1974 railway strike in India

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1974 railway strike in India was the strike by workers of Indian Railways in 1974. The 20 days strike by 17 lakh workers is the largest known strike.[1] [2][3][4]

The strike was held to demand a raise in pay scale, which had remained stagnant over many years, in spite of the fact that pay scales of other government owned entities had risen over the years. Further, since British time the Railways termed the work of the loco staff as "continuous", implying that workers would have to remain at work as long as the train ran on its trip, often for several days at a stretch especially on the goods trains. Independence did not change this. The spread of diesel engines and the consequent intensification of work in the Indian Railways since the 1960s created much resentment among the workers. The Railways, although government-owned, remained an organization in which the accepted worldwide standard of an eight-hour working day was violated with impunity. When the crafts unions raised the issue, they demanded a 12-hour working day for loco running staff.[3][4]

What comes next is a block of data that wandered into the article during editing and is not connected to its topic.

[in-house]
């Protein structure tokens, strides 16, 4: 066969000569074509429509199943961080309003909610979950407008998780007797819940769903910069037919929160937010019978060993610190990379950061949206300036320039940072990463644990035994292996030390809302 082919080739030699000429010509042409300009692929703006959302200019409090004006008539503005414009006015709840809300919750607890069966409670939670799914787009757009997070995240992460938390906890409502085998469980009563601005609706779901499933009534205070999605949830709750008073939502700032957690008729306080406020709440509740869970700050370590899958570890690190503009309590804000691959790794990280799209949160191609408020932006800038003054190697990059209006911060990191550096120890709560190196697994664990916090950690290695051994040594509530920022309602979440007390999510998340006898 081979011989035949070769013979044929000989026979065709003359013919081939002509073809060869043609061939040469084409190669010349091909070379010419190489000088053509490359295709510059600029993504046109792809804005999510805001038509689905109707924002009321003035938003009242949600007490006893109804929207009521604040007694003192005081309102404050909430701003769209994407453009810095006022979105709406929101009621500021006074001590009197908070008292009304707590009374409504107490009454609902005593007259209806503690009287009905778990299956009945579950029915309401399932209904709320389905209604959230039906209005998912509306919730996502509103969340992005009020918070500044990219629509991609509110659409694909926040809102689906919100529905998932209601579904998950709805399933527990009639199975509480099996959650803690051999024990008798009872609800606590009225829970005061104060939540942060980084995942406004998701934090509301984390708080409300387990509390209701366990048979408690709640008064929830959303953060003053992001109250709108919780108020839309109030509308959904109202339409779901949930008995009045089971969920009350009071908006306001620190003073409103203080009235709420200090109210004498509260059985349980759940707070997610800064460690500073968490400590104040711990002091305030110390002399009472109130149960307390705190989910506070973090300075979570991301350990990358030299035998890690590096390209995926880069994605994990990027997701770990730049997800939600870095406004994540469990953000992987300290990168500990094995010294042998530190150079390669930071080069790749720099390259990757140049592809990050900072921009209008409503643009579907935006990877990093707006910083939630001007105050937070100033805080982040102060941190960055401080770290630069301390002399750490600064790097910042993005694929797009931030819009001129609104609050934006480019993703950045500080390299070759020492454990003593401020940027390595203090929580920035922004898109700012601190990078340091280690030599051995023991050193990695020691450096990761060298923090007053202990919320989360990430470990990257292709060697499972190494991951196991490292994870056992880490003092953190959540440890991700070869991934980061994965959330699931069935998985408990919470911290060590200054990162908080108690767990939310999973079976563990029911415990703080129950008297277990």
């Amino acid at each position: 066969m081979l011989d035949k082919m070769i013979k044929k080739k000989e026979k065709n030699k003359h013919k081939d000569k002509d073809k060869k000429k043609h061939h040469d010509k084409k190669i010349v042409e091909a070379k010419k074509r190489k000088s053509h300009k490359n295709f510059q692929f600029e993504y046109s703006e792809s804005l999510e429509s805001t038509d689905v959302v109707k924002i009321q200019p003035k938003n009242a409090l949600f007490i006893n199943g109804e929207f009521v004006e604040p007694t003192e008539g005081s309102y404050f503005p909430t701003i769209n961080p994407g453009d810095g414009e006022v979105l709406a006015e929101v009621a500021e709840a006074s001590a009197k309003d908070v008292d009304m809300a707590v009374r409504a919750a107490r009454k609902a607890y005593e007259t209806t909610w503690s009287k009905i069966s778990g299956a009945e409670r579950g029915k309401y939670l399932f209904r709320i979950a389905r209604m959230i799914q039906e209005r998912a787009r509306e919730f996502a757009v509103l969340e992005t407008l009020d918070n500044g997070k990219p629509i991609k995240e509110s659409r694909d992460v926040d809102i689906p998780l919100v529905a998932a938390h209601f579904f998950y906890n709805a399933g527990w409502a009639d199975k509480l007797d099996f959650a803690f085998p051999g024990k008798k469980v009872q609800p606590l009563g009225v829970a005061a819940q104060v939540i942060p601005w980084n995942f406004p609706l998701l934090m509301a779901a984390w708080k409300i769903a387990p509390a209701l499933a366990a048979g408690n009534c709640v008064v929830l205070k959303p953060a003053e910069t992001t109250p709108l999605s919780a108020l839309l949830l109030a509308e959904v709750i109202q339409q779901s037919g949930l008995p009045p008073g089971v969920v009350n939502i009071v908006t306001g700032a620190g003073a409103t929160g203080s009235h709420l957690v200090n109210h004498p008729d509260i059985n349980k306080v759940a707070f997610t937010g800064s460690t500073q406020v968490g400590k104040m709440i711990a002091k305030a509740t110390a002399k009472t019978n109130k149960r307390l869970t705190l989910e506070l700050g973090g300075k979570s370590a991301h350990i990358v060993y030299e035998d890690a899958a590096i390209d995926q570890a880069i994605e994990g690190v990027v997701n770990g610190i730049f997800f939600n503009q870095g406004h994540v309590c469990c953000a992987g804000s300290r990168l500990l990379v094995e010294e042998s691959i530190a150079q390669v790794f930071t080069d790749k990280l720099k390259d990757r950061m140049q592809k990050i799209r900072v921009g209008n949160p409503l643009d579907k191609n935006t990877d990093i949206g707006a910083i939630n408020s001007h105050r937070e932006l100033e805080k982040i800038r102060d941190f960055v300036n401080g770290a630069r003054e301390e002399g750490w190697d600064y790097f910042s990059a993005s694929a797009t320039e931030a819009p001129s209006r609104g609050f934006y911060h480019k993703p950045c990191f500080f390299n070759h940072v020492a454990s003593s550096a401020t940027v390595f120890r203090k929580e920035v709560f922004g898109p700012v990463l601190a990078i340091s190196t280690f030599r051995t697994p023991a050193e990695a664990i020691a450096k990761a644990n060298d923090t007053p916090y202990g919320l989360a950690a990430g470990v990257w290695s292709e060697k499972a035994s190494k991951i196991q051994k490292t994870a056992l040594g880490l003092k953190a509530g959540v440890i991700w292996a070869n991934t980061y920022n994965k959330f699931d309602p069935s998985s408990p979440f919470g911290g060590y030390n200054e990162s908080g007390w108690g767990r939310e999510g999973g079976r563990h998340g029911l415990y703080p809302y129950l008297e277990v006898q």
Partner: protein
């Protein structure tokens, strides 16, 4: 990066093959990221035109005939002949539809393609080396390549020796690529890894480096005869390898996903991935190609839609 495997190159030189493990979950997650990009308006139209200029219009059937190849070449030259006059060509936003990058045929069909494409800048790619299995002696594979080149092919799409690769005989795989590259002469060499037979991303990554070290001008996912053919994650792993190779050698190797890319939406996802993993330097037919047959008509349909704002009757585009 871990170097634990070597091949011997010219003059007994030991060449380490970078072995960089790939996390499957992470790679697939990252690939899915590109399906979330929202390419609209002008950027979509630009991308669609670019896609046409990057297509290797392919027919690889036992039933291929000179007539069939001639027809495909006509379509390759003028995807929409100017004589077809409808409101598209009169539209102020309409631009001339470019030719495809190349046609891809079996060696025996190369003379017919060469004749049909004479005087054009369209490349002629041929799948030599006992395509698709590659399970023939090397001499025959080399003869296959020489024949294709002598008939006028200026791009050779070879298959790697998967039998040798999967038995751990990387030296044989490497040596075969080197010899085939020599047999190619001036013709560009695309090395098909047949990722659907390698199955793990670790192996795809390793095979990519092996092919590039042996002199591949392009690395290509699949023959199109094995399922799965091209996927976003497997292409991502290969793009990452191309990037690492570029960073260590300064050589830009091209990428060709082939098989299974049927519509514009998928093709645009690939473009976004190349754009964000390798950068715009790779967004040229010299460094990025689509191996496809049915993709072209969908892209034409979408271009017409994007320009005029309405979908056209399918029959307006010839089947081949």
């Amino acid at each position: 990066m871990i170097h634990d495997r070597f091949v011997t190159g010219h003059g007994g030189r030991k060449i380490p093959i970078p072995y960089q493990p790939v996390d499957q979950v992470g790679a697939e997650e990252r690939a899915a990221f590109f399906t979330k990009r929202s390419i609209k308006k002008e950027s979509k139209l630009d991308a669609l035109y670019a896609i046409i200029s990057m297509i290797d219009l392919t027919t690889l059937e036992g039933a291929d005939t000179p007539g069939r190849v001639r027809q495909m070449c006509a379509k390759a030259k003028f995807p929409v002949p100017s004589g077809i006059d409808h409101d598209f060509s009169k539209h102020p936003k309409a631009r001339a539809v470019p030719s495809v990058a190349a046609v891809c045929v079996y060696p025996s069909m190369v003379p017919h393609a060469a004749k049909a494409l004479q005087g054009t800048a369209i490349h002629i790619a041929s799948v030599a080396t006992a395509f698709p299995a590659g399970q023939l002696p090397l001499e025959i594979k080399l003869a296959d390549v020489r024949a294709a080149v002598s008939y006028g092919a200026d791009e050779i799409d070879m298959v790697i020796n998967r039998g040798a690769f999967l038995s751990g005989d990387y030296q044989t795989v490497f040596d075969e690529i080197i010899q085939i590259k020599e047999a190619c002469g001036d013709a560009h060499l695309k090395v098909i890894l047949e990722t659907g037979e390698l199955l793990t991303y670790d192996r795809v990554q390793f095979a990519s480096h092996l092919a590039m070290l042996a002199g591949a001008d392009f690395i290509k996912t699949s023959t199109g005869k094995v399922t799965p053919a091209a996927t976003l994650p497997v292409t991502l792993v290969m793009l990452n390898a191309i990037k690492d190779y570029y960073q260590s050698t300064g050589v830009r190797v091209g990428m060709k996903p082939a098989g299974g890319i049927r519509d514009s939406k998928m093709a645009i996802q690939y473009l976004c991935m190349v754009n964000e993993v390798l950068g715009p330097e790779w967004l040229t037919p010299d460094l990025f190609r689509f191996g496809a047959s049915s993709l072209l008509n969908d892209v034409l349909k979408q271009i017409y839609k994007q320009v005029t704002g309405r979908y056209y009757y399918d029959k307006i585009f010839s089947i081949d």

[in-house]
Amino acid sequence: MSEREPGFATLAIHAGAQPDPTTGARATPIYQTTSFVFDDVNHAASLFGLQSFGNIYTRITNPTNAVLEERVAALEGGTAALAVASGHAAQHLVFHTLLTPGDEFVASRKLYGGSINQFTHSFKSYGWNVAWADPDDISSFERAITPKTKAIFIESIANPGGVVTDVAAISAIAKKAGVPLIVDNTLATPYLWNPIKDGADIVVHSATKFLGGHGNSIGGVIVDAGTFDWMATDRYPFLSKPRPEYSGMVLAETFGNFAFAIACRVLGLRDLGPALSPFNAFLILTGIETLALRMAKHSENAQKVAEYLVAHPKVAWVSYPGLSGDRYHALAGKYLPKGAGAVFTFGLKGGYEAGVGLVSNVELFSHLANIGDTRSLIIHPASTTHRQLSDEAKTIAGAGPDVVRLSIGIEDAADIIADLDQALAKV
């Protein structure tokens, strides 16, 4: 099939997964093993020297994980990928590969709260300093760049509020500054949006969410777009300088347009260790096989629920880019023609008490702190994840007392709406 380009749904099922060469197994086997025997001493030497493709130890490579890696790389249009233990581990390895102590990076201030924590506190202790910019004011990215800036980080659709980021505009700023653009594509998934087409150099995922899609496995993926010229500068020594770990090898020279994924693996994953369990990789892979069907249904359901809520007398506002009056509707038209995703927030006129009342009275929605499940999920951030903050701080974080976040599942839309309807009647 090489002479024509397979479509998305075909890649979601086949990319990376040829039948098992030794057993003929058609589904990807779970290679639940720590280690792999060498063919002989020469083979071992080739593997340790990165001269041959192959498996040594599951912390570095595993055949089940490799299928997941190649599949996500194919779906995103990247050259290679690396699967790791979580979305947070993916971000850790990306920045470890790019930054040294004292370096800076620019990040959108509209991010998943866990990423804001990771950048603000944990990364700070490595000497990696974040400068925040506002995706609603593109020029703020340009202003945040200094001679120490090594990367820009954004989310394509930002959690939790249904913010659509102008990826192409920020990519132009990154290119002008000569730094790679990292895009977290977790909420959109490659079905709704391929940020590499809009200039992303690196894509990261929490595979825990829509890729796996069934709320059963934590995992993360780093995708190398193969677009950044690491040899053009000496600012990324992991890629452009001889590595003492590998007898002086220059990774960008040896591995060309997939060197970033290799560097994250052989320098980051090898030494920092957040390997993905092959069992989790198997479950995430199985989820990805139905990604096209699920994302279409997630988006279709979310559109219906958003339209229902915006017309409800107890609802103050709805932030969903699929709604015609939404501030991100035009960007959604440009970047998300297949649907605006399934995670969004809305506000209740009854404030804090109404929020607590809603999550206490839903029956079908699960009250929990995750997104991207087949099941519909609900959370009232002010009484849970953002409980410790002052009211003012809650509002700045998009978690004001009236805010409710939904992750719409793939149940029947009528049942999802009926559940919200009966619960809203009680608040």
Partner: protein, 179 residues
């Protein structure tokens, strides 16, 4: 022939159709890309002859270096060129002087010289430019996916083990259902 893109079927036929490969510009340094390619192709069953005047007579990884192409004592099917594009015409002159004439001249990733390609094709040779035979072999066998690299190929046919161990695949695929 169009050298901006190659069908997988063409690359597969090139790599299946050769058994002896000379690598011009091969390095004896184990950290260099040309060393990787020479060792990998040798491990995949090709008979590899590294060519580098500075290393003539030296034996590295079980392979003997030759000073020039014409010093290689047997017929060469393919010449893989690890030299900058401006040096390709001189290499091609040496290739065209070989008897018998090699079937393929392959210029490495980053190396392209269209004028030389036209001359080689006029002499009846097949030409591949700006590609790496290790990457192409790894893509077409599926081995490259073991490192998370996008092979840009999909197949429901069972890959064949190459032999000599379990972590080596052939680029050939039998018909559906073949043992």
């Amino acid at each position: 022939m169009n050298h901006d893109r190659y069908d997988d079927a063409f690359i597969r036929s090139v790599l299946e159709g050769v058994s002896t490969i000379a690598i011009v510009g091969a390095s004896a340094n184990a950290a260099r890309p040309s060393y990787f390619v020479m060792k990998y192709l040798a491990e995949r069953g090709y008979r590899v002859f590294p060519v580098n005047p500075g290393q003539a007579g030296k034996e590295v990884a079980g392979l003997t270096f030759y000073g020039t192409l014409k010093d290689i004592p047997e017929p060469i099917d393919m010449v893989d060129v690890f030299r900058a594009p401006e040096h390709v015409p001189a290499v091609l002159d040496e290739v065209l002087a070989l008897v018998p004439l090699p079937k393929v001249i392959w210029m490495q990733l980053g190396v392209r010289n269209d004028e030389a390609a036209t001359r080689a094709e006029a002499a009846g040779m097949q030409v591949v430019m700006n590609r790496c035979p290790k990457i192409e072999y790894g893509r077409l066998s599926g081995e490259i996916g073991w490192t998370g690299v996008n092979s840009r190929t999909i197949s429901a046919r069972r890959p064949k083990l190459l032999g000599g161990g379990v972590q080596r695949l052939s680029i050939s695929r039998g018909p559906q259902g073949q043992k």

As President of the all India Railwaymen’s Federation George Fernandes led the strike. The strike commenced on 8 May 1974. The strike was brutally suppressed by Indira Gandhi government with thousands being sent to jail and losing their jobs.In Chennai it was under C.Bala Krishnan and Sakthidasan. The strike was called off on 27 May 1974.[5]


  1. ^ "Welcome to Frontline : Vol. 29 :: No. 03". Hinduonnet.com. Retrieved 2012-02-11. 
  2. ^ "INDIA: Strangulating Strike". TIME. 1974-05-20. Retrieved 2012-02-11. 
  3. ^ a b Chronicle of Strike Archived 2012-03-03 at WebCite
  4. ^ a b [1]
  5. ^ "Looking back at anger". The Hindu. 2002-01-06. Retrieved 2012-02-11.